Our shoulders are highly complex and they only vaguely represent a ball and socket joint. Mostly supported by muscle and connective tissue.
Despite their complexity, they are remarkably strong if the structure is not compromised. Heard the sayings ‘put your shoulder to the wheel’ and ‘he carries the world on his shoulders’?
We generally have a lot of tension in this area and through our yoga practice we can work at reducing the tension, improve strength and flexibility and learn how to move more intelligently helping us to become more aligned and well in our everyday lives.

Chaturanga dandasana
Striving to build strength in the body we are often too quick to transition both into and out of this posture and often lose the fluidity of the transition and compromise integrity.
Key focus in chaturanga dandasana is to explore keeping elbows alongside body and hands underneath elbows on the journey down from phlakasama/plank.
In order to achieve wrists underneath elbows; draw crown of head and chest forwards before you lower. You’ll feel the rolling forwards onto your toes. Then lower in one line like a rod and once lowered, maintain space between your torso and the floor and check that shoulders are not lower than elbows. Pause and embrace the pose before pressing through into urdhvamukhasana/upward facing dog or bring knees to the floor before journeying to bhujangasana/cobra. From bhujangasana/cobra you may then wish to then transition to urdhvamukahsana/upward facing dog. Either way, maintain integrity in the shoulders – if you feel weakness then move with intelligence and bring knees to the floor before you feel the shoulders collapsing/retraction.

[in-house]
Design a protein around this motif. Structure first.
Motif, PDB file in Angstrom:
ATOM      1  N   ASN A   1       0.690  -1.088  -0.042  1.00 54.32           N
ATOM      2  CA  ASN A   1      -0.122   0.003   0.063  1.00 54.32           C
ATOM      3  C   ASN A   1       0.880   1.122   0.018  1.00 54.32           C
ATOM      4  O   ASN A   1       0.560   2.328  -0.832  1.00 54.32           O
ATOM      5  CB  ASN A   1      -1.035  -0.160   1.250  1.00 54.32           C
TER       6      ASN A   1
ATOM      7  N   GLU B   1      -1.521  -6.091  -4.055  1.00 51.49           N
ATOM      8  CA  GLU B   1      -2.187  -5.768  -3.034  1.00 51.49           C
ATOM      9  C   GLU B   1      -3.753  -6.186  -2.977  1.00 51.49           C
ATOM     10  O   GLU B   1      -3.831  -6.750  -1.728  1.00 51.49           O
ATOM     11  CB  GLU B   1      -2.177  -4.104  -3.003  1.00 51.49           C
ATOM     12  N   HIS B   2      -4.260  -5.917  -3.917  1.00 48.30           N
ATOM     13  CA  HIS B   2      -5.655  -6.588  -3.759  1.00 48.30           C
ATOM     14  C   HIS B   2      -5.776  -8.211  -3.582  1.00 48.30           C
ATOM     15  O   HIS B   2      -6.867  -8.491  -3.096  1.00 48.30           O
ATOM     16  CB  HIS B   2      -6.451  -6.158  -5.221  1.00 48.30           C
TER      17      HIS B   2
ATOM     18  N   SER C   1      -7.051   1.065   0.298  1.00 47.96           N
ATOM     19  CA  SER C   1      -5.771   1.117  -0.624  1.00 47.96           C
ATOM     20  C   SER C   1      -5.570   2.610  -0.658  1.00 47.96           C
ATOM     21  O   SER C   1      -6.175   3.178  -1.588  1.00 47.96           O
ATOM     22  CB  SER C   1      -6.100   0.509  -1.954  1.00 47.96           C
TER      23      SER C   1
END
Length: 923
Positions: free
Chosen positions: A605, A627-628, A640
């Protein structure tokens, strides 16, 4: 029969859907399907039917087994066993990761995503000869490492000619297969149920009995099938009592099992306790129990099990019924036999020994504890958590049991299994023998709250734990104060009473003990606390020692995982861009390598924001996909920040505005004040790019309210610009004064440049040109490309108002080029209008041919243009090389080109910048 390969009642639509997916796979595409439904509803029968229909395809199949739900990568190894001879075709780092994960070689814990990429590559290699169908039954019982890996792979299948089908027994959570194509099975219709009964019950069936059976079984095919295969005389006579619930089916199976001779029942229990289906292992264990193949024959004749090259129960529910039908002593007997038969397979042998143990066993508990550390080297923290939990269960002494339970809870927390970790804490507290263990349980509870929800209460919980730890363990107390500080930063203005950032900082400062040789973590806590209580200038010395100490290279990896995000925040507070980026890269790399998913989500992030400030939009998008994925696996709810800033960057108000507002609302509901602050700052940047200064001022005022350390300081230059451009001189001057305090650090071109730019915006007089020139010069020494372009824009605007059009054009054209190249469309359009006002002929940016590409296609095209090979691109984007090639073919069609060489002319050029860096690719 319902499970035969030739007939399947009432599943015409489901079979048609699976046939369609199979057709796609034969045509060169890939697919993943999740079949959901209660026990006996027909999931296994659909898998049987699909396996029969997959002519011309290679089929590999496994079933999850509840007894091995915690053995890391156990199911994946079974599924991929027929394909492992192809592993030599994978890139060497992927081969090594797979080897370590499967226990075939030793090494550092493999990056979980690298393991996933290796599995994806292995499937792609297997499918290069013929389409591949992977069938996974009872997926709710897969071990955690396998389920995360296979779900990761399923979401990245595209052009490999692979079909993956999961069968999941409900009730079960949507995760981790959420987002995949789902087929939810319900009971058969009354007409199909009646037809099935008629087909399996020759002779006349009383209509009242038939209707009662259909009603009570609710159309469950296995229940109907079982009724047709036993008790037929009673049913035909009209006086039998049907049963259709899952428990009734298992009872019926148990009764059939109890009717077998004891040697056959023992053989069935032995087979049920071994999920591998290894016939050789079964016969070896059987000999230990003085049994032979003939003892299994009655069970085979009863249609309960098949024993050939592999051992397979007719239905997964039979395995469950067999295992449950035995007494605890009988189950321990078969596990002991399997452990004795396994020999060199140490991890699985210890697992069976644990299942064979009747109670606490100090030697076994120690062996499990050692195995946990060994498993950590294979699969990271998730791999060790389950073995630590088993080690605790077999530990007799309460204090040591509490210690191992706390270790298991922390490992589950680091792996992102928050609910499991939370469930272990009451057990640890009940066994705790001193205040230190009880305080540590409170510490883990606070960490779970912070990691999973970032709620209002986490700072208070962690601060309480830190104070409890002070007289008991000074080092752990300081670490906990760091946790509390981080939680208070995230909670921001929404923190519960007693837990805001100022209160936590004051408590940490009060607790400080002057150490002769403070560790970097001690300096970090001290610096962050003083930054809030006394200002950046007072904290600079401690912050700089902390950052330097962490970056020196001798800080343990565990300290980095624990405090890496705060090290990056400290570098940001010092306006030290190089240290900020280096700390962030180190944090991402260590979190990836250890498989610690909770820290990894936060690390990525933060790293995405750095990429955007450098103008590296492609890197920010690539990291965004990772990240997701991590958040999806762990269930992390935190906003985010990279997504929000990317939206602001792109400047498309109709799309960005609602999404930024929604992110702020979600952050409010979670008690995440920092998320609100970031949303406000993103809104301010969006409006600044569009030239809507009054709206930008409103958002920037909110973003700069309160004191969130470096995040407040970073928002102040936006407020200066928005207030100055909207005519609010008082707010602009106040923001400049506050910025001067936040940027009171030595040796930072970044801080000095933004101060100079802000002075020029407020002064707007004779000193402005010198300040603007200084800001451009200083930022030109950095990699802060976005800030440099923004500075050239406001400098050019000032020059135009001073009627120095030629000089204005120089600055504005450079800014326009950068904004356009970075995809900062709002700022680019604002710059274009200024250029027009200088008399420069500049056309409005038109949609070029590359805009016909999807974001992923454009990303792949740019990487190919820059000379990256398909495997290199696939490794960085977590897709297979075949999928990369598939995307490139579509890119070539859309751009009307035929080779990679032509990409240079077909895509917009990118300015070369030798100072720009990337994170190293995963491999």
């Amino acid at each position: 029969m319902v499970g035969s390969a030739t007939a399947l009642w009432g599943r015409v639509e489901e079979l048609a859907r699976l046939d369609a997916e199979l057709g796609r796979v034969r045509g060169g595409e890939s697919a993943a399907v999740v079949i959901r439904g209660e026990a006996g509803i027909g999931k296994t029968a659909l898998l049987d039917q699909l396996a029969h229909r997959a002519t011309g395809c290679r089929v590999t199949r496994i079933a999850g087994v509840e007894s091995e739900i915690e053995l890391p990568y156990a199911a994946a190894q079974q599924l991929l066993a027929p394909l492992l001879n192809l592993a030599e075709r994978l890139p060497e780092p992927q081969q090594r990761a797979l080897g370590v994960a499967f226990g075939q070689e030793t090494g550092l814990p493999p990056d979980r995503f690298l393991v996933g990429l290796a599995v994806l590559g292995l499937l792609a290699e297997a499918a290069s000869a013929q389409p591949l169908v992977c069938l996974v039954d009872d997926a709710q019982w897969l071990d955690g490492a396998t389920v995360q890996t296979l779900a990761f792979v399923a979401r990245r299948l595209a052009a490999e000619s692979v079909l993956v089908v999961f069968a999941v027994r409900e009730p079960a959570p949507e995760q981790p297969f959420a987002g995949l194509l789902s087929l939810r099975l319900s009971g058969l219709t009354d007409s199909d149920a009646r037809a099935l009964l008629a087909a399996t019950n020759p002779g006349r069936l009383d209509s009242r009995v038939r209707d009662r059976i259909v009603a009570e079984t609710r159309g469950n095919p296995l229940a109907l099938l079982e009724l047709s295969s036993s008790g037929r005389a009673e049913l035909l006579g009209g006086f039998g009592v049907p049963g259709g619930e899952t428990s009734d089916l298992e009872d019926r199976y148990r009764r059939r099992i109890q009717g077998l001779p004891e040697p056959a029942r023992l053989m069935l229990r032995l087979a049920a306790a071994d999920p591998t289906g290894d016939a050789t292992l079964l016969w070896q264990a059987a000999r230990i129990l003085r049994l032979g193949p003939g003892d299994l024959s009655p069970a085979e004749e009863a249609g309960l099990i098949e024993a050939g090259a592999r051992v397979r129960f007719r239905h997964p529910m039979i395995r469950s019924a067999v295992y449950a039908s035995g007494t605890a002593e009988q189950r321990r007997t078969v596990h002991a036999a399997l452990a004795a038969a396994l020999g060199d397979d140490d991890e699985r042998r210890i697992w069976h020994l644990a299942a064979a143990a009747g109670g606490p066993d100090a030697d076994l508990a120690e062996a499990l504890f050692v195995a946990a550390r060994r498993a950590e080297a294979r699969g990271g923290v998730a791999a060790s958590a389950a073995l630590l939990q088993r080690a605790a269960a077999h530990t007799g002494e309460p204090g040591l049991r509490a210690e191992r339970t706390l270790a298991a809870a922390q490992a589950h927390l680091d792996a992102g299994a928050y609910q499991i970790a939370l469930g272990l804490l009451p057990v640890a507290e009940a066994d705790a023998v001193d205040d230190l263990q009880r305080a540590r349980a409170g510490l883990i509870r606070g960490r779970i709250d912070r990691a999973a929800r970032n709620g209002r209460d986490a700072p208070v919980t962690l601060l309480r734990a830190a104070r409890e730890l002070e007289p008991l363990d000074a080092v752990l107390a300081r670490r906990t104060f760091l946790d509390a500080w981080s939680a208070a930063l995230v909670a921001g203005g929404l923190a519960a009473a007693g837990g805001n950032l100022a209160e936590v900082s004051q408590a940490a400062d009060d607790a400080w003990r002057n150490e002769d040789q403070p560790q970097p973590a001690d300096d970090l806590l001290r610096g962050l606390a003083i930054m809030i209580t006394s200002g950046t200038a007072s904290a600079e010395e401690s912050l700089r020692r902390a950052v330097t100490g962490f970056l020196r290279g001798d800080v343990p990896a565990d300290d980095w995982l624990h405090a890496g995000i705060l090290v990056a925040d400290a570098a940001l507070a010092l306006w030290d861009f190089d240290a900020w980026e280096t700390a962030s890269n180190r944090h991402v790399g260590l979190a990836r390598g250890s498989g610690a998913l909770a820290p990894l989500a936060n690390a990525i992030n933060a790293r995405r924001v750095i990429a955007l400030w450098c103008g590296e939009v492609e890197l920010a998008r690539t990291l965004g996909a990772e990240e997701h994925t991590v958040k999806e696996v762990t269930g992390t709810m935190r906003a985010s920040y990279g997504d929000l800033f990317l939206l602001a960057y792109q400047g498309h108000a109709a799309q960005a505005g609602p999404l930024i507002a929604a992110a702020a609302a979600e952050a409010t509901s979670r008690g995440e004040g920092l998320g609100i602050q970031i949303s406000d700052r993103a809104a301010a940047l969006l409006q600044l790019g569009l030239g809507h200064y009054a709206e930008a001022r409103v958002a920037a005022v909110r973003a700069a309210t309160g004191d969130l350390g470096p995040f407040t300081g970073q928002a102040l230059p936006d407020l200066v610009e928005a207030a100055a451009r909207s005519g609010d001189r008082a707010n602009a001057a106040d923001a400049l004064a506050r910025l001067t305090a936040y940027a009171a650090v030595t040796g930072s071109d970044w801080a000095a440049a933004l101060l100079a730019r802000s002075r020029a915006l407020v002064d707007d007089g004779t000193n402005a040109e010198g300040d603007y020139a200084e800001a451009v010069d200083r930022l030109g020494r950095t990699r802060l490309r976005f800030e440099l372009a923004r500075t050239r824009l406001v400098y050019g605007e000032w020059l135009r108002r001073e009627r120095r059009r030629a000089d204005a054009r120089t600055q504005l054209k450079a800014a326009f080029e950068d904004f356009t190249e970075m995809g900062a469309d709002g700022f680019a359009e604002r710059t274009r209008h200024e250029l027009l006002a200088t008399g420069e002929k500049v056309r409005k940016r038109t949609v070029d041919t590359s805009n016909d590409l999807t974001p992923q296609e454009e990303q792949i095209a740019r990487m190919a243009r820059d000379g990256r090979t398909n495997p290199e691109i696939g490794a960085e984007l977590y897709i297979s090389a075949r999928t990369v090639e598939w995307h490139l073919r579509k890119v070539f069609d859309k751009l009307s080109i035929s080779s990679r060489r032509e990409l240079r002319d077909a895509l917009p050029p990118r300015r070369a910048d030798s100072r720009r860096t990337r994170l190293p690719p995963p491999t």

While you build your upper body strength for full chaturanga dandasana, consider 6 limbed staff pose. Mindful that doing less often achieves far more. From plank bring the knees to the floor. Draw crown of head and chest forwards before you lower and you’ll feel you’re rolling onto the tops of your knee caps. Keeping the chin and chest off the floor so 6 points touching; feet, knees and hands. Then pressing through into bhujangasana/cobra.
Personally from either option, chaturanga dandasana or 6 limbed staff pose, I like to then bring my chest to the floor before pushing through into the back bend.  It feels better in my shoulders.  Explore what feels good for you.

Everyday changes to improve the health of your shoulders
  • When plugged into the computer; elbows in alongside body and outward rotation of the forearms then rotate the wrists downwards
  • Cross arms behind your back rather than in-front
  • Rucksacks rather than hand-bags
  • Ramp your head back and slightly tuck your chin. Think ears over shoulders, extending the cervical spine (back of neck) rather than turtle head with chin jutting forwards 

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